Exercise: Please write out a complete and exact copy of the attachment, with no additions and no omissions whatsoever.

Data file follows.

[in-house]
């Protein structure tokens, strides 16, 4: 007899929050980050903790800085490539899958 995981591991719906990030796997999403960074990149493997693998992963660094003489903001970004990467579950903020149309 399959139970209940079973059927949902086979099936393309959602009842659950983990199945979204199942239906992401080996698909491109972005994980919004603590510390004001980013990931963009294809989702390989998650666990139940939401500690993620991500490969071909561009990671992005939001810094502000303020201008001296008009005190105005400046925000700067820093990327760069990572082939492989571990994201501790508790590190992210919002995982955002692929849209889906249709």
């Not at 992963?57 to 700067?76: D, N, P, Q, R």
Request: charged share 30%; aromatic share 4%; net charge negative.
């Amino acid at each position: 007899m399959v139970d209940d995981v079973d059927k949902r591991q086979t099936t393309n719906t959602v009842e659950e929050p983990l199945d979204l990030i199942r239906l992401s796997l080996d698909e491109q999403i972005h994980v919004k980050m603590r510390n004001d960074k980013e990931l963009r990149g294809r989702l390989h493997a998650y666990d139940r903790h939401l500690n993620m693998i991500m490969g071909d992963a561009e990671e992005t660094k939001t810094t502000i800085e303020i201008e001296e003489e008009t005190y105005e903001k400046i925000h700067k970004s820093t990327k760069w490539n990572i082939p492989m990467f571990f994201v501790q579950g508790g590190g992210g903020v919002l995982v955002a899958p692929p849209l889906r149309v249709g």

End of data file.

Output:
[in-house]
């Protein structure tokens, strides 16, 4: 007899929050980050903790800085490539899958 995981591991719906990030796997999403960074990149493997693998992963660094003489903001970004990467579950903020149309 399959139970209940079973059927949902086979099936393309959602009842659950983990199945979204199942239906992401080996698909491109972005994980919004603590510390004001980013990931963009294809989702390989998650666990139940939401500690993620991500490969071909561009990671992005939001810094502000303020201008001296008009005190105005400046925000700067820093990327760069990572082939492989571990994201501790508790590190992210919002995982955002692929849209889906249709």
């Not at 992963?57 to 700067?76: D, N, P, Q, R």
Request: charged share 30%; aromatic share 4%; net charge negative.
């Amino acid at each position: 007899m399959v139970d209940d995981v079973d059927k949902r591991q086979t099936t393309n719906t959602v009842e659950e929050p983990l199945d979204l990030i199942r239906l992401s796997l080996d698909e491109q999403i972005h994980v919004k980050m603590r510390n004001d960074k980013e990931l963009r990149g294809r989702l390989h493997a998650y666990d139940r903790h939401l500690n993620m693998i991500m490969g071909d992963a561009e990671e992005t660094k939001t810094t502000i800085e303020i201008e001296e003489e008009t005190y105005e903001k400046i925000h700067k970004s820093t990327k760069w490539n990572i082939p492989m990467f571990f994201v501790q579950g508790g590190g992210g903020v919002l995982v955002a899958p692929p849209l889906r149309v249709g």